A minute for your Feedback please

Tuesday, May 17, 2011

How banks price their loans and products

When I googled this title, guess how many results I got? Zero.zilch.nada. That in itself spurred me on to write something on which there is little organized information. I am not(yet!) an expert on pricing but from what I have seen of the structuring, trading and risk sides of banks, I think I can venture some informed views on this manner. More knowledgeable readers are welcome to comment on this primer in FAQ form.

  1. Every business needs to price its products. What is so exotic about banks? Feedback is given to a real world business via market share, inventory etc. But inventory is non existent in banks(OK maybe cash is that if you stretch the definition). And thanks to poor business intelligence, even the market share data is hard to come by.

  2. How is risk priced in? We do not have(yet) that one universal calculator which will spit out an integrated figure for all risks. So often the systems are fragmented. Credit risk calculations are often bifurcated into counterparty(interbank/other FIs) and client risk(normal corporate transactions). And there are many ways to splice other transactions. So finally, an excel/other manual systems are needed to make sense of this mess of figures

  3. But why does not some one automate it? It is a control issue. Given the high sensitivity of the pricing 'secret sauce', it was historically not brought on the platform except for record keeping purposes! Thankfully, the success of platform driven retail banking has persuaded banks to adopt the IT company mantra of automation. So in the years to come, we should see better practices in this front.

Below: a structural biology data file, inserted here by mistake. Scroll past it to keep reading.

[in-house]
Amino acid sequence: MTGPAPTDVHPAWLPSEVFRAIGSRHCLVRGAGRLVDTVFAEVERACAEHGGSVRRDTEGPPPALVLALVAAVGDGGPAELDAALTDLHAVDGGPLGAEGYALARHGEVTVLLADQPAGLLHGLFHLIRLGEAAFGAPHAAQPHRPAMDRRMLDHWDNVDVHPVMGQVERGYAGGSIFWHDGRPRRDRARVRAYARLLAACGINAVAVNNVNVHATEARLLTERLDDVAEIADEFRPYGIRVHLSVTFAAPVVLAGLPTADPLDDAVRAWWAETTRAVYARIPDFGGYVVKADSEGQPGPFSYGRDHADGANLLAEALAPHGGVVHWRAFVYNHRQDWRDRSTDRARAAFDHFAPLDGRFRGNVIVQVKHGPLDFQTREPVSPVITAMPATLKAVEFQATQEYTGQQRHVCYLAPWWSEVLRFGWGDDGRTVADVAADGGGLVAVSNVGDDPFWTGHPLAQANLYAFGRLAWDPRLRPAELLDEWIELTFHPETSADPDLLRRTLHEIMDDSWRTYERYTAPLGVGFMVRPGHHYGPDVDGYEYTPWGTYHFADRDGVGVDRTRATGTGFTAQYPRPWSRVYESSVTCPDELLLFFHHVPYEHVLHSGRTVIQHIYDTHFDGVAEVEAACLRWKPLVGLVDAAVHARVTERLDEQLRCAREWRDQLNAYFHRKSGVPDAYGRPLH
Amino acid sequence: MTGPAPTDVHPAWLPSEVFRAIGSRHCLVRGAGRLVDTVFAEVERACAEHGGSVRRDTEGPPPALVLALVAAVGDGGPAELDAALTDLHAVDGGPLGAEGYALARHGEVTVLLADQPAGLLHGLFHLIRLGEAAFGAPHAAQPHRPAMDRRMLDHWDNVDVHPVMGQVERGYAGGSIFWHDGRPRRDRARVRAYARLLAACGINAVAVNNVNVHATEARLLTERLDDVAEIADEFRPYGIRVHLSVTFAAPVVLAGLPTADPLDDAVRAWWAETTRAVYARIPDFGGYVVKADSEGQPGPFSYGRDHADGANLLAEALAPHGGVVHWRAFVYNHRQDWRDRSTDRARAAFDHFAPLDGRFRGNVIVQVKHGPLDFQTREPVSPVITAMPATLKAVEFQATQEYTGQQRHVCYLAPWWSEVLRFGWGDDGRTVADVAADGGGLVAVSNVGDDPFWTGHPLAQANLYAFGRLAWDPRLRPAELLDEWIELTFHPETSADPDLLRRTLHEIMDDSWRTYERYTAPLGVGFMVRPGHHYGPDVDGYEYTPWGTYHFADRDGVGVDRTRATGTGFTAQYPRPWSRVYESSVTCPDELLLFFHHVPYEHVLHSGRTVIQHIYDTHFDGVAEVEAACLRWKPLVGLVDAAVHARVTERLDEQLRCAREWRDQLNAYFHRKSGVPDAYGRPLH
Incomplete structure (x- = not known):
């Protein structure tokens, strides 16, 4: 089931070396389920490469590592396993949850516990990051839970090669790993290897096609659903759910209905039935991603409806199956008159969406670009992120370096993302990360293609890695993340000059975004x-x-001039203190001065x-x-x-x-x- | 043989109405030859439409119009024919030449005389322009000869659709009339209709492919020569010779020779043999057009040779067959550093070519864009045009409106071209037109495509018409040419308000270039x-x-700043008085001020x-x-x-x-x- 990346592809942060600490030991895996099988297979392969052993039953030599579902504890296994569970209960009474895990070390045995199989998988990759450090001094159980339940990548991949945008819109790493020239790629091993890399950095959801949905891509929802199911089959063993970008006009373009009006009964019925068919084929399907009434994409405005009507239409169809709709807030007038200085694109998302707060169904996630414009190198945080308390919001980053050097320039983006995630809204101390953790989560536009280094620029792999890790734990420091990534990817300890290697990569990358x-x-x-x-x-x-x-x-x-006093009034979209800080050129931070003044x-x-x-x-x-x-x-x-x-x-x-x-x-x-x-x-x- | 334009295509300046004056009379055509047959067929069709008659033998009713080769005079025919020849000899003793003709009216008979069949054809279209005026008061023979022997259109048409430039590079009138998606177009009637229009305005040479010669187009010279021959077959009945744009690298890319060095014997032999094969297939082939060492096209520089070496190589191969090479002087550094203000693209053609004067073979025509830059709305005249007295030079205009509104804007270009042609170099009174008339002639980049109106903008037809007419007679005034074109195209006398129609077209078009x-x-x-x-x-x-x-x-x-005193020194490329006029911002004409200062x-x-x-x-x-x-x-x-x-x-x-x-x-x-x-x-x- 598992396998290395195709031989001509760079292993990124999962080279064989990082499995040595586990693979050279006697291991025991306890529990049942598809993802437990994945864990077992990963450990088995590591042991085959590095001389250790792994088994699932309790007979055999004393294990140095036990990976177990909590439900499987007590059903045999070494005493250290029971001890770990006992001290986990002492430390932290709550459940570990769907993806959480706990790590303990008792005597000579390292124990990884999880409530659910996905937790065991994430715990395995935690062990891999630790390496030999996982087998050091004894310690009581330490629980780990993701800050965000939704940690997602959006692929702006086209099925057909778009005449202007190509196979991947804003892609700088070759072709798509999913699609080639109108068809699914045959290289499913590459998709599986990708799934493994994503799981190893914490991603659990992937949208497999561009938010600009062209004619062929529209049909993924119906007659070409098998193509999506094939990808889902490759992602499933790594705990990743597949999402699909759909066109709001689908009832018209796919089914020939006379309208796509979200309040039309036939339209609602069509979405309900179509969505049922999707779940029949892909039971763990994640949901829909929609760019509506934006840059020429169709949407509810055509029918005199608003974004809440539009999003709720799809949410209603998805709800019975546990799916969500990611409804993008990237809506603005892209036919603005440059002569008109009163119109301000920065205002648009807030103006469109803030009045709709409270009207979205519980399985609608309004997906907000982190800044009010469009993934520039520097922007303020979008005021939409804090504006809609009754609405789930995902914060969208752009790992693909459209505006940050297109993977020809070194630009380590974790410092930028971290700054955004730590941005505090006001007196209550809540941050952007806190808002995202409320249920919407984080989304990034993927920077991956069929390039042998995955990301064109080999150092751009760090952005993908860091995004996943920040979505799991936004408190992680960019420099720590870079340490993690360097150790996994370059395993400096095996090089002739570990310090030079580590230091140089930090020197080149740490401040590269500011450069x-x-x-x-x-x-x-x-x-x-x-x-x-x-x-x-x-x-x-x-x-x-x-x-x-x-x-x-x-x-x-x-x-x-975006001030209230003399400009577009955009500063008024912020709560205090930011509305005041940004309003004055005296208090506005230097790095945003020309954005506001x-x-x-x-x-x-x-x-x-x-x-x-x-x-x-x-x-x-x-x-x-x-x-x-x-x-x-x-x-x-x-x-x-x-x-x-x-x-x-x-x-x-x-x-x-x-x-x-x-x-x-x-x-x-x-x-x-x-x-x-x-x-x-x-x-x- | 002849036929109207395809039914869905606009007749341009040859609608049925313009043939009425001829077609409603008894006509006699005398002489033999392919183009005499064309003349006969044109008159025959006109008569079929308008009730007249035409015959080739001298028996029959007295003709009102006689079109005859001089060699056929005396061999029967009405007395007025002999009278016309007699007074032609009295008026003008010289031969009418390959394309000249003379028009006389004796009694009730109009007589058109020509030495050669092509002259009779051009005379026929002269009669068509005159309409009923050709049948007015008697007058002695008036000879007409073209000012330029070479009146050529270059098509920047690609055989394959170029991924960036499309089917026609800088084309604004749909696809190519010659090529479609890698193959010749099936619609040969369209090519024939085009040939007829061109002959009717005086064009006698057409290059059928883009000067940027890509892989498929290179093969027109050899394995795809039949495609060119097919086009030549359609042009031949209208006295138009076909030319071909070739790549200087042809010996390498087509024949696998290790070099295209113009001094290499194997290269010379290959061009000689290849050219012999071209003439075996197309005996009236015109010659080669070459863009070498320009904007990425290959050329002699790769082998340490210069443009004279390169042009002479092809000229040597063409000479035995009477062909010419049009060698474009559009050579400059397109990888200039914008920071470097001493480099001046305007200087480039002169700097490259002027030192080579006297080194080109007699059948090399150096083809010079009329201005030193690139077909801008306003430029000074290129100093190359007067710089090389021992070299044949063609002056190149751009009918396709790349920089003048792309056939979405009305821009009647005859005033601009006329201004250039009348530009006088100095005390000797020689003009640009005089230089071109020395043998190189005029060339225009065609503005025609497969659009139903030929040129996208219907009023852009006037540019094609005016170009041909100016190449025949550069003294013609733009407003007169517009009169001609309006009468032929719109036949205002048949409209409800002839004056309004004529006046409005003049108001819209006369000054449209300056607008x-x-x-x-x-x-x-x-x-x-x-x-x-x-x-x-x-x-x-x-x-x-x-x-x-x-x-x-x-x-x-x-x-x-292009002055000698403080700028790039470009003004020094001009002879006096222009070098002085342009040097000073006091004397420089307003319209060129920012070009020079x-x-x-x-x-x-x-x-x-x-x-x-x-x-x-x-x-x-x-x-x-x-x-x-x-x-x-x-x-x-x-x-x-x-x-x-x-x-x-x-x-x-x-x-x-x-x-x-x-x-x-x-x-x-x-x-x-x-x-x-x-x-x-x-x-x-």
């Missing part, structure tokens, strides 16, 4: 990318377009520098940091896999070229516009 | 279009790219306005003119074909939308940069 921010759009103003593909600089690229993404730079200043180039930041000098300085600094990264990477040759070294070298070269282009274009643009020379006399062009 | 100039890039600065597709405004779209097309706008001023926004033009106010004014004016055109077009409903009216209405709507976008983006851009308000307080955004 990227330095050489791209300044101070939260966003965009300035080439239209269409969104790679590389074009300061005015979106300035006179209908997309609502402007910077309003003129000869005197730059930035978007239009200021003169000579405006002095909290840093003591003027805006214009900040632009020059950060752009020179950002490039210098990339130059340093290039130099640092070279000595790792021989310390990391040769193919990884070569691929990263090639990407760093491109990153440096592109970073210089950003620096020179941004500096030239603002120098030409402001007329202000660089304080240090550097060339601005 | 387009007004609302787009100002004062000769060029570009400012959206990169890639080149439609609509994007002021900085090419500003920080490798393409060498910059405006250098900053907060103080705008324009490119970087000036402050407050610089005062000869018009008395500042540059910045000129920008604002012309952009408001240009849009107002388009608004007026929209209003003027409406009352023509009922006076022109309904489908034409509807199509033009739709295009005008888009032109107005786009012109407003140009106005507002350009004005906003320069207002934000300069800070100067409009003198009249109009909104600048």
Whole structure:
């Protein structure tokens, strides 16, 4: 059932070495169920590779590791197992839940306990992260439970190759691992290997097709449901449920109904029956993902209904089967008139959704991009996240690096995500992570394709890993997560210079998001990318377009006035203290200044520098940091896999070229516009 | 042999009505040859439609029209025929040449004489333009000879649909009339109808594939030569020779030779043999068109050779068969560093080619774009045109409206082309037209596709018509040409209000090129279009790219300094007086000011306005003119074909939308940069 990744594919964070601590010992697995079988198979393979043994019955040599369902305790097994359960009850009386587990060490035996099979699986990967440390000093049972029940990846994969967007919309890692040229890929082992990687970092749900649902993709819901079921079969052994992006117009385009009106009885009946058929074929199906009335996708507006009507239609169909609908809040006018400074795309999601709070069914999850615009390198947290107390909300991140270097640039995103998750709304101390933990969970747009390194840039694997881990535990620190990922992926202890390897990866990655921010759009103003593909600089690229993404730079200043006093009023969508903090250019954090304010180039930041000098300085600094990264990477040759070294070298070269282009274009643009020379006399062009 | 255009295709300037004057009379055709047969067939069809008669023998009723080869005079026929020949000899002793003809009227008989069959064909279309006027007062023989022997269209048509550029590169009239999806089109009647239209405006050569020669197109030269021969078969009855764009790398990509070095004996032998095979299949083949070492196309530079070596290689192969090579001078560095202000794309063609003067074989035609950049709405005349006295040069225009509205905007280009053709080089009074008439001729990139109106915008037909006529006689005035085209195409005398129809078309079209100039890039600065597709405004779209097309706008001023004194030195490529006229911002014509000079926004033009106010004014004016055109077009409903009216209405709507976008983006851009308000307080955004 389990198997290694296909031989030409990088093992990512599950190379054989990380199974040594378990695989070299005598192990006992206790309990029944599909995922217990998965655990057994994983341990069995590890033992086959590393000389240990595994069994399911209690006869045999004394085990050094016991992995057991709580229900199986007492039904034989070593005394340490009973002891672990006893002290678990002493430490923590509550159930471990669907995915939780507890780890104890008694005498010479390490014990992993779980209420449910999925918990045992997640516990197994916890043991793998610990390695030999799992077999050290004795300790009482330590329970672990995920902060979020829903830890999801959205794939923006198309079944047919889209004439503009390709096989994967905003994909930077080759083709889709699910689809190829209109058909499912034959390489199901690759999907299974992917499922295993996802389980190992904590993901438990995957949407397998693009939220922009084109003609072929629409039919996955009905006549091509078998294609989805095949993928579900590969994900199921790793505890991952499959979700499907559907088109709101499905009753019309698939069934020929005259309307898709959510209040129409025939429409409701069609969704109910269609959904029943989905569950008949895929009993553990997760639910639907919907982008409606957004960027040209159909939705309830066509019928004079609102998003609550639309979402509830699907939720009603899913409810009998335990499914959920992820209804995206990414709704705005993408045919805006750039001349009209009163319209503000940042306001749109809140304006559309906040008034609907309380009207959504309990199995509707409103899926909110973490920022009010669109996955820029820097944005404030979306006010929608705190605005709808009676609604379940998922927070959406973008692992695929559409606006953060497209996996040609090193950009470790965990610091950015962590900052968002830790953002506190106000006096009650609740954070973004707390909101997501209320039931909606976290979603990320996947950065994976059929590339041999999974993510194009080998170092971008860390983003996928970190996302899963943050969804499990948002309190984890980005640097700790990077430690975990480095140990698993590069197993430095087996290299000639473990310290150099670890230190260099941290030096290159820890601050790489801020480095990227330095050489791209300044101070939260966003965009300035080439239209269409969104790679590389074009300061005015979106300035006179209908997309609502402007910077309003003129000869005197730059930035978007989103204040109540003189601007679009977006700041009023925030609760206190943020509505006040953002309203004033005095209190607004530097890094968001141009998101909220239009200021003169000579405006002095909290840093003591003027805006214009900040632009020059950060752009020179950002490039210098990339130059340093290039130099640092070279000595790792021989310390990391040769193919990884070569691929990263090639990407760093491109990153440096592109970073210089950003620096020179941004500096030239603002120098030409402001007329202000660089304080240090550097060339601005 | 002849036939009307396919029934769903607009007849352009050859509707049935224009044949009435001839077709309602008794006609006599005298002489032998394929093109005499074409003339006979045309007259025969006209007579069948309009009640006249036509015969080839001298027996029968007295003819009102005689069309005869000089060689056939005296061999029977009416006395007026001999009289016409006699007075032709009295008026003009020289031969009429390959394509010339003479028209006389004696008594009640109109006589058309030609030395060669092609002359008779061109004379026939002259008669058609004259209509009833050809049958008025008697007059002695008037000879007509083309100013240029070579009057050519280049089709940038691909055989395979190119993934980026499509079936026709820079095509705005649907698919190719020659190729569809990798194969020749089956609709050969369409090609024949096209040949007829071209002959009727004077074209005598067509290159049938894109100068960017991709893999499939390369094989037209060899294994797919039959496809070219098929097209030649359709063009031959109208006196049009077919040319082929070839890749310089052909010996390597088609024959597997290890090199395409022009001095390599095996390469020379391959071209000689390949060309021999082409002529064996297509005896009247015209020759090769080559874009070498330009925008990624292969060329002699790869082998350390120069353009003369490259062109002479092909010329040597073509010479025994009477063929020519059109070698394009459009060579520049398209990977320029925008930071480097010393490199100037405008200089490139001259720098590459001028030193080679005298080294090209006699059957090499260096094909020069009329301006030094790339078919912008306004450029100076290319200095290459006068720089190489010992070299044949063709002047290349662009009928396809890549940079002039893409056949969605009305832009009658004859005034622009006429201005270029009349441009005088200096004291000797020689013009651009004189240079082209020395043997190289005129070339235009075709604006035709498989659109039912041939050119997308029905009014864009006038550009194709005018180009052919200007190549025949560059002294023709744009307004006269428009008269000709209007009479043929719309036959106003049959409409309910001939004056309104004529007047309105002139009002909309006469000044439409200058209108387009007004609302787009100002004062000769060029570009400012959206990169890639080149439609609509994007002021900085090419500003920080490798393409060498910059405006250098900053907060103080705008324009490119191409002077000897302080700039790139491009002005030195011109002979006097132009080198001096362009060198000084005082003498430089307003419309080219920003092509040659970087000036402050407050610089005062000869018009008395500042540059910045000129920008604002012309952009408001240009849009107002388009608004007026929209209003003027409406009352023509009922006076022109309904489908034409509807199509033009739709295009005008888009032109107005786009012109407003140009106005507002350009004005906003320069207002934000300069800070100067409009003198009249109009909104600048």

4. We learn this in marketing 101. Do those principles apply here? Yes and no. Yes because the exact pricing decision will depend on how well the pricer knows the client, which is again related to marketing. But no because the performance management system of banks ensure that the cost of funds charged to the trader, is often determined post facto, and so there need to be relatively accurate and robust models available for trade negotiation and evaluation. And while geeks/quants can design it, the end users need to know the ins and outs of the model, including its limitations, so that for extreme cases they can use modifications. For example, while executing 

No comments: